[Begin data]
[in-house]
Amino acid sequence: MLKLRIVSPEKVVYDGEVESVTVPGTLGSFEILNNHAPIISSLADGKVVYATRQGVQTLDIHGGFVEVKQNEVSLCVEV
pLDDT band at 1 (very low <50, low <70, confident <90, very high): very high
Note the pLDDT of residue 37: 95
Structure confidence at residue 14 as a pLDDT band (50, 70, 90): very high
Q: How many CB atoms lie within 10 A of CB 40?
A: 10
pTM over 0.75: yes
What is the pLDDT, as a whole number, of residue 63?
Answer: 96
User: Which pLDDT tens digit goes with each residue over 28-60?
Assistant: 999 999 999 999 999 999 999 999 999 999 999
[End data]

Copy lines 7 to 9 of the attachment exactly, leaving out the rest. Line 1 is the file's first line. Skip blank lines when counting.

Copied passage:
A: 10
pTM over 0.75: yes
What is the pLDDT, as a whole number, of residue 63?